Reading Cultures + Social Structure and Change
Why is a porcelain urinal considered one of the most influential pieces of art of the 20th century? And why is it important enough to come up separately in two of my classes? Well, I first discussed Duchamp’s famous Fountain (which, yes, is literally a urinal) in my Humanities Core course Reading Cultures, in which we discussed its influence through the lens of collection. The urinal gains meaning from its place within an art collection, but it simultaneously uses that meaning to expose the absurdity of the collection, challenging the very concept of art.
In Social Structure and Change, which I took for my sociology major, we talked about Fountain again, this time analyzing how its power as a work of art was socially generated. We used Bourdieu’s field theory to examine the work’s role within the field of art, considering how the artist, art critics, art dealers, and audiences all played a role in giving the piece its meaning. In this way, rather than being Duchamp’s alone, we came to understand the art as a collective collaboration.
The Biological Nature of Psychological Problems + Sociology of Medicine
This is like the Captain America: Civil War of my class crossovers, because there’s some conflict here! I’m currently taking my Biological Sciences Core course, The Biological Nature of Psychological Problems, which looks at how abnormal psychology presents in the brain. It focuses on psychological problems at an individual level, examining individual differences in emotion or cognition.
In Sociology of Medicine, on the other hand, we focus on the role social factors play in categorizing psychological problems or mental illnesses, understanding these topics at a social rather than individual level. In doing so, we look at how issues of race and gender contribute to diagnoses, and how categories of disease affect one’s identity and relationship to society. These biological and sociological approaches are not entirely contradictory, but they provide very different frameworks for thinking through these topics, and it’s been interesting to see how similar phenomena are explained or explored in different ways.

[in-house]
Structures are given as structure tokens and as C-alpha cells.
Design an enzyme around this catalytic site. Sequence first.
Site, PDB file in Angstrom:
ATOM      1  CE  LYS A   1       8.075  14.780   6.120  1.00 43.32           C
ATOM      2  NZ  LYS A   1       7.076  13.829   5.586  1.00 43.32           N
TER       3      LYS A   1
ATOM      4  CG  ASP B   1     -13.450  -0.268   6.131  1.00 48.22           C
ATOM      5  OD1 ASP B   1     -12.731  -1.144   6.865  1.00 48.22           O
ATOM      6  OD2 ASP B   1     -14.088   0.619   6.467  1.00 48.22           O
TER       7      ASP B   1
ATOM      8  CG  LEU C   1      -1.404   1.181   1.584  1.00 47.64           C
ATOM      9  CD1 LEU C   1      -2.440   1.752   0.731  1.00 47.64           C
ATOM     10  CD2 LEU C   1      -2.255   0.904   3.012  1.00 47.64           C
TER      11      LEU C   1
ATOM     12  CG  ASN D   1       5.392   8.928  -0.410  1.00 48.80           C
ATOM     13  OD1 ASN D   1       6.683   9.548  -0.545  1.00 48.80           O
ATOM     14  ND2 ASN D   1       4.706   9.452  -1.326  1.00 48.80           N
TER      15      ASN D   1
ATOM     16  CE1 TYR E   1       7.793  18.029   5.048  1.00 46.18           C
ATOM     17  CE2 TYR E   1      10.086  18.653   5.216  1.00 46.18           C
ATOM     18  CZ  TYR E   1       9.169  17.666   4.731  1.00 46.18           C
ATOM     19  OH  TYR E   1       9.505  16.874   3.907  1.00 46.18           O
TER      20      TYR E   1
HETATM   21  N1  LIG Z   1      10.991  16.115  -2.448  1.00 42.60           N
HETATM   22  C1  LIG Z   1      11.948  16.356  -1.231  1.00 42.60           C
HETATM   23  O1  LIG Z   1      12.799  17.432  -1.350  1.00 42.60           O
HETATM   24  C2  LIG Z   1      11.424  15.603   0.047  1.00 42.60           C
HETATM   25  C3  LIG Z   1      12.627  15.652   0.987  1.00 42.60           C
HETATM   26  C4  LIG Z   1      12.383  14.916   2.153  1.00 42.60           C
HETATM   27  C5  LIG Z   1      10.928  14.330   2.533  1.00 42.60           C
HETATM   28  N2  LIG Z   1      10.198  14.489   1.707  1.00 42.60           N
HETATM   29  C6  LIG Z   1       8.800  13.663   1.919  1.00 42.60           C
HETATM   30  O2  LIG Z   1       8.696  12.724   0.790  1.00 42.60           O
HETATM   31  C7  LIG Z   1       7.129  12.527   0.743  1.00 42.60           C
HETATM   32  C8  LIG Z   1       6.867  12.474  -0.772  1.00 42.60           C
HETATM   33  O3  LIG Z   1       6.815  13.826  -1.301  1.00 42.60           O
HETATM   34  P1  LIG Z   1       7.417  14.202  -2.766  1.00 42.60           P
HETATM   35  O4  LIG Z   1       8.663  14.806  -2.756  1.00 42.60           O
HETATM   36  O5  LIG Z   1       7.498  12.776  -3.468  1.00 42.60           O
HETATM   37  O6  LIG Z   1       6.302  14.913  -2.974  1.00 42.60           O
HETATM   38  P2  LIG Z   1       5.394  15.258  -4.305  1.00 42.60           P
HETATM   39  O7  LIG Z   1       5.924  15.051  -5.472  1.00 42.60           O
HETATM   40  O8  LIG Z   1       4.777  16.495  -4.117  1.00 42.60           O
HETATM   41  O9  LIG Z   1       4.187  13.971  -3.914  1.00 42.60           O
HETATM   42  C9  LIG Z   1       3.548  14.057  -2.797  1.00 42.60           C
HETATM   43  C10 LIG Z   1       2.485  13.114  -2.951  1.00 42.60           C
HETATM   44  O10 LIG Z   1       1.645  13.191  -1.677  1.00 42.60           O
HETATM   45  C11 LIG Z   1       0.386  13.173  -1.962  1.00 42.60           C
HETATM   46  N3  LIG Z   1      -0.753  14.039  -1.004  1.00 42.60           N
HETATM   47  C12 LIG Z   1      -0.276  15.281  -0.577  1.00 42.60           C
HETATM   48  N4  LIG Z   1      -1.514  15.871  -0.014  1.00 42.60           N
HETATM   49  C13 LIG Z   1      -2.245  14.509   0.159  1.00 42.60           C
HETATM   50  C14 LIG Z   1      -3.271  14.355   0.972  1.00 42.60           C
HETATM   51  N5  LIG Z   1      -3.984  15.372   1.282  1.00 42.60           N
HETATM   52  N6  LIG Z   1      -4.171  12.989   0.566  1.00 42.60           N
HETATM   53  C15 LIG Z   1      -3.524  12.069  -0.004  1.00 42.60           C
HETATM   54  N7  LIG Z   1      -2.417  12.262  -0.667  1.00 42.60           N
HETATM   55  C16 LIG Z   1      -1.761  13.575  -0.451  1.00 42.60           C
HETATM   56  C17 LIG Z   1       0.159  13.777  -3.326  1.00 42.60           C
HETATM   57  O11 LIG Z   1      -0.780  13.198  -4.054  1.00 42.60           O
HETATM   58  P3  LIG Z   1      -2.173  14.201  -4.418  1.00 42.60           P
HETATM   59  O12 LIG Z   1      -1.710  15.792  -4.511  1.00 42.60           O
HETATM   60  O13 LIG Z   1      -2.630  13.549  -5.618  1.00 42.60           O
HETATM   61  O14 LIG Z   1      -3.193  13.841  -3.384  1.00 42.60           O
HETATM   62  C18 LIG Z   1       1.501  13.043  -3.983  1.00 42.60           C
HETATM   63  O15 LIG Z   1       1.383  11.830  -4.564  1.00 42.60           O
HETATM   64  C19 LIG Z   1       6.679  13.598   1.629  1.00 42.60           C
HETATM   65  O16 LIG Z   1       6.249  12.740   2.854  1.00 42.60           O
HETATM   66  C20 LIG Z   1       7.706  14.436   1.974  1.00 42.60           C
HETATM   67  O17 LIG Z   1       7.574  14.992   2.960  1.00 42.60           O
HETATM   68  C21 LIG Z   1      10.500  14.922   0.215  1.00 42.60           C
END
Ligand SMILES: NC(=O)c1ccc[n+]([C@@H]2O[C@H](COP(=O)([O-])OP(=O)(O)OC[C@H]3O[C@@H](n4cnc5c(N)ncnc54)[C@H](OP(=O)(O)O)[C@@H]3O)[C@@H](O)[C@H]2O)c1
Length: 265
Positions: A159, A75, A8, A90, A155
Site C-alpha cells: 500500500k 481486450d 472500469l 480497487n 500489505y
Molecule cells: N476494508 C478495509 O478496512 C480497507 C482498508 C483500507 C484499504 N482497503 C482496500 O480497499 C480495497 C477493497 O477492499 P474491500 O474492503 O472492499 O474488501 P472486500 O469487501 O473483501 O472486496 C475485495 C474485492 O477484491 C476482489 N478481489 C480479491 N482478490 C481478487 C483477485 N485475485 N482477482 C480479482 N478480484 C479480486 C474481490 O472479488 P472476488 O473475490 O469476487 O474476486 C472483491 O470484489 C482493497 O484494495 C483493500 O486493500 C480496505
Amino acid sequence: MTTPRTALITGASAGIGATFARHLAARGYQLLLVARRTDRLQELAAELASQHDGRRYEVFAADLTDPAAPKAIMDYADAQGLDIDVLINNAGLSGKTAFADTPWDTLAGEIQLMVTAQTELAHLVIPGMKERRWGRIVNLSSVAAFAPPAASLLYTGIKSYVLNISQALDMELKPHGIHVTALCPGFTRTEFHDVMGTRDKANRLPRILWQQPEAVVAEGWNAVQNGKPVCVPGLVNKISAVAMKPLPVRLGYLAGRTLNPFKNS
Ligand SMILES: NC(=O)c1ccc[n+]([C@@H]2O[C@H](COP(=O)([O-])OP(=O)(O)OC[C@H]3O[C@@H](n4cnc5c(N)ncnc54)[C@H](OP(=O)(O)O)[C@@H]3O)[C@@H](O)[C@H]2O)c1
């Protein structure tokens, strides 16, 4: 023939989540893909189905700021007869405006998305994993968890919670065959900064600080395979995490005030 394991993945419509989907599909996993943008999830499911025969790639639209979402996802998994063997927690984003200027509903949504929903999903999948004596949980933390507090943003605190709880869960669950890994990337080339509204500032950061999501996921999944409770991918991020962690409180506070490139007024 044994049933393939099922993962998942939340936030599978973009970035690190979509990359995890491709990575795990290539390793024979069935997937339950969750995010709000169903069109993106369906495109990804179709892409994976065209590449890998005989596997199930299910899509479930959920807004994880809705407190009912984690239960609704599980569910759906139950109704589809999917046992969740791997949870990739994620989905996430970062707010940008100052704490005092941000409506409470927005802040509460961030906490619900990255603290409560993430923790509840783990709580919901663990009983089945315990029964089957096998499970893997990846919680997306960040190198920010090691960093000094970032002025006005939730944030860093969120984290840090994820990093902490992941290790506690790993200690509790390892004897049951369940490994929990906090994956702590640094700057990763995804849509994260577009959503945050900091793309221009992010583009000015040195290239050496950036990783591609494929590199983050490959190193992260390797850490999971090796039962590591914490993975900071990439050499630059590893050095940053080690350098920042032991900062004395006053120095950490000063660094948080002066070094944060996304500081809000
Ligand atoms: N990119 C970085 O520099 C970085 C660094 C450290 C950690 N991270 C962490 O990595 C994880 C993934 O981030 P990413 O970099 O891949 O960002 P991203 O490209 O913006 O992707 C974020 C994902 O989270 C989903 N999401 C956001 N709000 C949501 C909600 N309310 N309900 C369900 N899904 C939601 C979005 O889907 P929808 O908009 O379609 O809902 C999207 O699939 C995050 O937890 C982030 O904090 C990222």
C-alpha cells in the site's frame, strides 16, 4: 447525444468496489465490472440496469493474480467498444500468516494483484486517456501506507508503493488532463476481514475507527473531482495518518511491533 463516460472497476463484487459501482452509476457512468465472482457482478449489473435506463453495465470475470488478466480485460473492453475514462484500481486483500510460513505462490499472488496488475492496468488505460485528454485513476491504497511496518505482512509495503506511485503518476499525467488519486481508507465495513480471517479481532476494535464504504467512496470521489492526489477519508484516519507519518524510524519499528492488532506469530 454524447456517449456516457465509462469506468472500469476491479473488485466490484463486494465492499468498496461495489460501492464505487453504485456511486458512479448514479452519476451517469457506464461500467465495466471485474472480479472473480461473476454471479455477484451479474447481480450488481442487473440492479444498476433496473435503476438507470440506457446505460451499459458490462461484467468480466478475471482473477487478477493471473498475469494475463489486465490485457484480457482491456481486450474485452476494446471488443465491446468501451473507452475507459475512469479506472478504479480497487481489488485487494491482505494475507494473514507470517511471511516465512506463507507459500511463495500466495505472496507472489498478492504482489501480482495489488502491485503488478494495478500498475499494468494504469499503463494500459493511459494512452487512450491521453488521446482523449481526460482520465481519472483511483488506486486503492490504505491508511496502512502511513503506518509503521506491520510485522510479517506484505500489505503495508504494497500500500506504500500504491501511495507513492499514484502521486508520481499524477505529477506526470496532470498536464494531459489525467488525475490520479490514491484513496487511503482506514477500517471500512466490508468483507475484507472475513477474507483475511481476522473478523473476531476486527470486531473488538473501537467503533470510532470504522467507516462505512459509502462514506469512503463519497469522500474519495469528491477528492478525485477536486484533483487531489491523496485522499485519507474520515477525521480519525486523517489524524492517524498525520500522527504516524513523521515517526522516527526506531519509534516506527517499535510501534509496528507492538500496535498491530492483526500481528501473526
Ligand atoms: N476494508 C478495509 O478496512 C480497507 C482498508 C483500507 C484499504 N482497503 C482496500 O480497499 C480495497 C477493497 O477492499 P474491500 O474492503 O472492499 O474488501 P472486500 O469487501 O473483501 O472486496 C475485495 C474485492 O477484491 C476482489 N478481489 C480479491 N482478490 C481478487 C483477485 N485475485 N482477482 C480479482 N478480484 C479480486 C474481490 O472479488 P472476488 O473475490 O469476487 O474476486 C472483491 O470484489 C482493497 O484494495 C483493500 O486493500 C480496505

Honors Calculus + Self, Culture, and Society
I know this one might seem like a stretch, but hear me out. We started Honors Calc, which I took for the Mathematical Sciences Core when I was considering becoming a math major my first year, by establishing the basic properties of numbers. In doing so, we defined 0 as the number such that for any number a, a+0=0+a=a. This seems like an obvious mathematical fact, but I thought there was something interesting in that way of defining 0 not through what it is, but through what it does, or how it acts.
In Self, we often thought about concepts in a similar way, not as essential categories but as categories with some function in society. Gender, for instance, could be viewed not as an innate or essential identity, but instead as a concept defined by how it functions, be it as a performance, a tool of power, a facet of interpersonal interaction, or so on. This provides a way of looking at concepts that’s largely relational. 0 doesn’t exist in isolation; it exists in relation to every other number.
Alternate Reality Games + Sociology of Deviant Behavior
In Alternate Reality Games, part of my media arts and design minor, we analyzed the interactions between games and their players. We considered how games and constraints create frameworks for behavior, and, by experimenting with game creation and playtesting, noticed the sometimes surprising ways that players adapt to those frameworks.
This discussion was interesting to me as a sociology major given the frequent language of games and gameplay in sociological theory. In Sociology of Deviant Behavior, for example, we discussed Erving Goffman’s breaching experiments, in which he subtly violated the rules of everyday life. In one experiment, Goffman had his students invite unknowing subjects to play games of tic-tac-toe. After a subject placed their first mark, the student would erase it, rewrite it elsewhere, and then take their turn, giving no indication that this was unusual behavior. The subjects typically reacted with confusion, anger, and frequently some rationalization of the behavior. For instance, they may have thought that the student was flirting with or insulting them. In this way, Goffman showed the fragility of social norms, highlighting the frameworks we adapt to for everyday life.
Throughout college, I’ve been grateful for the opportunity to explore concepts from a variety of frameworks. From my classes for the Core curriculum to those for my concentrations, I’ve been able to gain more depth by exploring ideas from multiple perspectives.